Laura Wharton
Jerusalem City Councilor, adjunct lecturer in political science

The Temple Mount and the mounting violence

Palestinians are losing hope, Israelis are turning a blind eye to their distress – the future depends on Israel facing, not ignoring, the problem
Thousands of Muslim worshipers attend the first Friday prayers of the holy month of Ramadan at the Al Aqsa Mosque Compound on the Temple Mount in Jerusalem's Old City, on April 8, 2022. (Sliman Khader/Flash90)
Thousands of Muslim worshipers attend the first Friday prayers of the holy month of Ramadan at the Al Aqsa Mosque Compound on the Temple Mount in Jerusalem's Old City, on April 8, 2022. (Sliman Khader/Flash90)

Anyone who thinks that the current government is the first to close the Temple Mount to Jewish worshipers should know that this has been the policy during the last 10 days of Ramadan for almost a decade. Anyone who thinks that the current government is planning on allowing changes to the status quo and the building of a synagogue next to the mosques should know the government and the president of Israel have repeatedly and explicitly denied this. Unfortunately, both Israelis and Palestinians are being overwhelmed with fake “news,” in the midst of circumstances that deepen the divide between them.

Palestinians have a lot about which to be frustrated. The Abraham Accords and the expanding peace agreements have mostly skirted issues of Palestine. The current government in Israel, while bringing in more parties of the left, has focused on addressing the health crisis and reviving the economy and was founded on an understanding that no decisions would be made regarding a peace process with Israel’s closest neighbors.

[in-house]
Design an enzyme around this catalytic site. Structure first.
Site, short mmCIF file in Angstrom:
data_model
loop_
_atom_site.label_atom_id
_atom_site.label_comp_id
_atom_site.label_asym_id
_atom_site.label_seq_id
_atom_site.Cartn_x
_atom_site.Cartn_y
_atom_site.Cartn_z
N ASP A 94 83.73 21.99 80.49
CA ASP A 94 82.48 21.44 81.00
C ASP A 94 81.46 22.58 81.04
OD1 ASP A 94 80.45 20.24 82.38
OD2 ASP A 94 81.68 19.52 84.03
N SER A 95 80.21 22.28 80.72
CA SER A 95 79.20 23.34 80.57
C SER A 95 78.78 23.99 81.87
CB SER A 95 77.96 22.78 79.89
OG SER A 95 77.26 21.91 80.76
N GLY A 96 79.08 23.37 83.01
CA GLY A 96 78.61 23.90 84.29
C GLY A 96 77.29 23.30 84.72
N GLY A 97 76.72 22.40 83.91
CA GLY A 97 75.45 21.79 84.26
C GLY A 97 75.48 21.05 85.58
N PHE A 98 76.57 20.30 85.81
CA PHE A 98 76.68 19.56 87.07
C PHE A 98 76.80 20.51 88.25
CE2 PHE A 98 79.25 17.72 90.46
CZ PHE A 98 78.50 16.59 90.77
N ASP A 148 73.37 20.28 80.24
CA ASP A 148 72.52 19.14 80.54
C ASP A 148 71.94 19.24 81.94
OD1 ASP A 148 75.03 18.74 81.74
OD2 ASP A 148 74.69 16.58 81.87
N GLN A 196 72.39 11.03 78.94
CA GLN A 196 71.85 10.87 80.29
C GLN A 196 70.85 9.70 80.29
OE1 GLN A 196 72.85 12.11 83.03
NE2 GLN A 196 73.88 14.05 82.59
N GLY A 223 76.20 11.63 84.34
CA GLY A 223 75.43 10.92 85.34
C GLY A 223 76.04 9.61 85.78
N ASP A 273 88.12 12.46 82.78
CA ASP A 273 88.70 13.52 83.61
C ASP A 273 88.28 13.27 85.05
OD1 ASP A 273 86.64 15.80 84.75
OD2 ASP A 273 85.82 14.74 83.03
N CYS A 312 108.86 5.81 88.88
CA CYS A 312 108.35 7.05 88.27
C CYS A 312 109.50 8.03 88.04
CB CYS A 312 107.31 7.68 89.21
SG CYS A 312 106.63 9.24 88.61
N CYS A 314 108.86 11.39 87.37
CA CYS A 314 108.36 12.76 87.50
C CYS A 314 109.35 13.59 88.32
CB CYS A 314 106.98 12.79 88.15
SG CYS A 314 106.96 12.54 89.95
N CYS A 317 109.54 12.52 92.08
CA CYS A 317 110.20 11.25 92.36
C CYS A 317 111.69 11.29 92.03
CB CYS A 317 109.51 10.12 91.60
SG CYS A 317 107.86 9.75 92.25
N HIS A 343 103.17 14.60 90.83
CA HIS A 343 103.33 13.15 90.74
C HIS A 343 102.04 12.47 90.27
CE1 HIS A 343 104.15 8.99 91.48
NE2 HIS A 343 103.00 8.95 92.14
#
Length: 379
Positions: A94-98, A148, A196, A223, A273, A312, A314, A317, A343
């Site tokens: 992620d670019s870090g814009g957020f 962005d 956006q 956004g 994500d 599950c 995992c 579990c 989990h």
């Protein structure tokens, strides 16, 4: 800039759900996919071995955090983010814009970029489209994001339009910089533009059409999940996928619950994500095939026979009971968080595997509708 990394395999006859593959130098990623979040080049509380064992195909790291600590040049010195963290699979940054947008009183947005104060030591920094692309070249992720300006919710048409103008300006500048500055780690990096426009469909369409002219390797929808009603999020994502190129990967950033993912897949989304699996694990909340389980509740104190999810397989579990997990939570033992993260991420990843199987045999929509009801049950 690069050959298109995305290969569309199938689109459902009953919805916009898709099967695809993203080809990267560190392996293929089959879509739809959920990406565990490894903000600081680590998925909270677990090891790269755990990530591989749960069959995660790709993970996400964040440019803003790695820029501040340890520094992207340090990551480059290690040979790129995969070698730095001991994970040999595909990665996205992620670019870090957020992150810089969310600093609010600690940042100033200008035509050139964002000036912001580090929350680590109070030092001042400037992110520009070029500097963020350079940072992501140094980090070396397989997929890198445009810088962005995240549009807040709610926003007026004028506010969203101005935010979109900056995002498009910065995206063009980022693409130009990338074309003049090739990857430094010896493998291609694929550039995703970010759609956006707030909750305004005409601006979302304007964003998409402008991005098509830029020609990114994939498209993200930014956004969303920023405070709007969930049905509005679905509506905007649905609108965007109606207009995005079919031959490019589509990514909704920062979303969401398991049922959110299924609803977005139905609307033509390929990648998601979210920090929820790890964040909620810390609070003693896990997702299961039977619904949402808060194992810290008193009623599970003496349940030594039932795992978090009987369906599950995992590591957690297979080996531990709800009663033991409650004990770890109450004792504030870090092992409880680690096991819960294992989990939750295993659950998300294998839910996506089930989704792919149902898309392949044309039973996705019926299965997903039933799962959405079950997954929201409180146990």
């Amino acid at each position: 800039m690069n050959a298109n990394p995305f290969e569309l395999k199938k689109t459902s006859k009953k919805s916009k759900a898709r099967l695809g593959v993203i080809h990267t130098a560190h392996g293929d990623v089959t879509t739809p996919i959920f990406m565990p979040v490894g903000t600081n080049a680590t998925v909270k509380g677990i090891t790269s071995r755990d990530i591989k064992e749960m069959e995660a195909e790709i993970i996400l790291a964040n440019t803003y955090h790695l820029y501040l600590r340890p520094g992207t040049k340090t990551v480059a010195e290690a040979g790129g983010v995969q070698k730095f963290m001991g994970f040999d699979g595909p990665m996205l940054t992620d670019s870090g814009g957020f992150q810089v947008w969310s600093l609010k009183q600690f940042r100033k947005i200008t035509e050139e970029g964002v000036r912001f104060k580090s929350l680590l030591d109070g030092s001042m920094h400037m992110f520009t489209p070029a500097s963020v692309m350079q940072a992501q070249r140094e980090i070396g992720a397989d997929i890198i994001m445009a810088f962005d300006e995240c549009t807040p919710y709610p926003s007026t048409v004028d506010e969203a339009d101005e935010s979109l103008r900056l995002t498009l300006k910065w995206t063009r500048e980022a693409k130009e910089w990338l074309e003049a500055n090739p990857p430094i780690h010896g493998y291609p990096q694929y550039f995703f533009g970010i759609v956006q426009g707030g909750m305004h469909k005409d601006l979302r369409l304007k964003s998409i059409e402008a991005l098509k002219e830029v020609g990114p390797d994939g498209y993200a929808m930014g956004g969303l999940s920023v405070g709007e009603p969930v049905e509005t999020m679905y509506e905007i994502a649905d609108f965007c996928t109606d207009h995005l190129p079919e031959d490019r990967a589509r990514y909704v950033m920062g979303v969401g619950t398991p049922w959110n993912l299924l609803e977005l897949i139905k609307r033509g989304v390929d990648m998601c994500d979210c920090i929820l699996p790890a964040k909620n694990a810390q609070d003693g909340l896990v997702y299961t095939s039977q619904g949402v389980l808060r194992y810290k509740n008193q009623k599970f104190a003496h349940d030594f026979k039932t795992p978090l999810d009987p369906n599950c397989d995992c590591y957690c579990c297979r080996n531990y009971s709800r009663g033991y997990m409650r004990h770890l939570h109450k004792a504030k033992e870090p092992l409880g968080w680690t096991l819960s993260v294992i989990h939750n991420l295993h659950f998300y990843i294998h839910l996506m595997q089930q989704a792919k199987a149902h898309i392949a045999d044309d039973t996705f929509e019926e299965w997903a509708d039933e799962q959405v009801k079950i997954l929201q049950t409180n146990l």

Apart from this, after 55 years of occupation, the pace of land-grabbing and illegal settlement expansion has only been increasing. The killings of innocent Palestinians as “collateral damage” in attempts to foil terrorist attacks is painful to Palestinians and usually unreported in the Israeli media. Thus ironically, at a time when most Israelis are becoming accustomed to hearing about peace with Arab and Moslem neighbors, the most critical dispute has been taken off the agenda and left Palestinians isolated in their desperation. In these conditions, they are ready to believe the wildest rumors spread.

For Israelis, recent terrorist attacks and a renewal of rocket fire from Gaza are ongoing sources of tension that are keeping alive the rightist claim that the Israeli-Palestinian conflict is unsolvable. Many have forgotten the significance of the green line, are unaware of the loss of innocent Palestinian lives and are ignorant regarding the violations of international law to which they are party or the fact that they are responsible for military rule over 2.5 million people. Israel is a growing, modern, thriving state and many Israeli are bewildered by the hate directed towards them. Rather than taking time to consider the reasons that drive young men and women to set out on suicide missions, they assume that more restrictions, more policing and greater firepower are reasonable solutions to their security concerns. They are willing to justify almost anything that they perceive as promoting their safety.